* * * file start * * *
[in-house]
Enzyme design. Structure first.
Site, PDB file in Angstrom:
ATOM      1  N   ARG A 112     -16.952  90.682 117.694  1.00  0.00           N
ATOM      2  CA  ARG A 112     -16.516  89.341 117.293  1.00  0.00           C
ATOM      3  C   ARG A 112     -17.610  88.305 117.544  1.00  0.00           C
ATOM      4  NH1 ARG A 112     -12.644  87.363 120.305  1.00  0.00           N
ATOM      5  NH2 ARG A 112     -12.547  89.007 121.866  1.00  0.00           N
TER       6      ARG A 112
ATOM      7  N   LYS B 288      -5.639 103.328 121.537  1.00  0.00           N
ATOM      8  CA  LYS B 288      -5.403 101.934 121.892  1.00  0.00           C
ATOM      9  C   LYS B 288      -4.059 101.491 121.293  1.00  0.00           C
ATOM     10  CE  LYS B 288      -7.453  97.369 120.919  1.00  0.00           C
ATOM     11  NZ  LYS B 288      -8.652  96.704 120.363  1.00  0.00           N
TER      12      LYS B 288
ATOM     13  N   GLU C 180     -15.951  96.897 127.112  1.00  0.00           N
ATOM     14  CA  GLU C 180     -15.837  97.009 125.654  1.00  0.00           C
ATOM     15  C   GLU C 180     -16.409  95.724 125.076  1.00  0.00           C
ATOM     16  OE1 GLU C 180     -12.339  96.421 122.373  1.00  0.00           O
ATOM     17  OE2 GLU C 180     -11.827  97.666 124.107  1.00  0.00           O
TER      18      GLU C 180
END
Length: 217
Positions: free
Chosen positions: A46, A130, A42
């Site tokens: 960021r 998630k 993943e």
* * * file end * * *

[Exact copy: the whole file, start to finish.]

[in-house]
Enzyme design. Structure first.
Site, PDB file in Angstrom:
ATOM      1  N   ARG A 112     -16.952  90.682 117.694  1.00  0.00           N
ATOM      2  CA  ARG A 112     -16.516  89.341 117.293  1.00  0.00           C
ATOM      3  C   ARG A 112     -17.610  88.305 117.544  1.00  0.00           C
ATOM      4  NH1 ARG A 112     -12.644  87.363 120.305  1.00  0.00           N
ATOM      5  NH2 ARG A 112     -12.547  89.007 121.866  1.00  0.00           N
TER       6      ARG A 112
ATOM      7  N   LYS B 288      -5.639 103.328 121.537  1.00  0.00           N
ATOM      8  CA  LYS B 288      -5.403 101.934 121.892  1.00  0.00           C
ATOM      9  C   LYS B 288      -4.059 101.491 121.293  1.00  0.00           C
ATOM     10  CE  LYS B 288      -7.453  97.369 120.919  1.00  0.00           C
ATOM     11  NZ  LYS B 288      -8.652  96.704 120.363  1.00  0.00           N
TER      12      LYS B 288
ATOM     13  N   GLU C 180     -15.951  96.897 127.112  1.00  0.00           N
ATOM     14  CA  GLU C 180     -15.837  97.009 125.654  1.00  0.00           C
ATOM     15  C   GLU C 180     -16.409  95.724 125.076  1.00  0.00           C
ATOM     16  OE1 GLU C 180     -12.339  96.421 122.373  1.00  0.00           O
ATOM     17  OE2 GLU C 180     -11.827  97.666 124.107  1.00  0.00           O
TER      18      GLU C 180
END
Length: 217
Positions: free
Chosen positions: A46, A130, A42
């Site tokens: 960021r 998630k 993943e």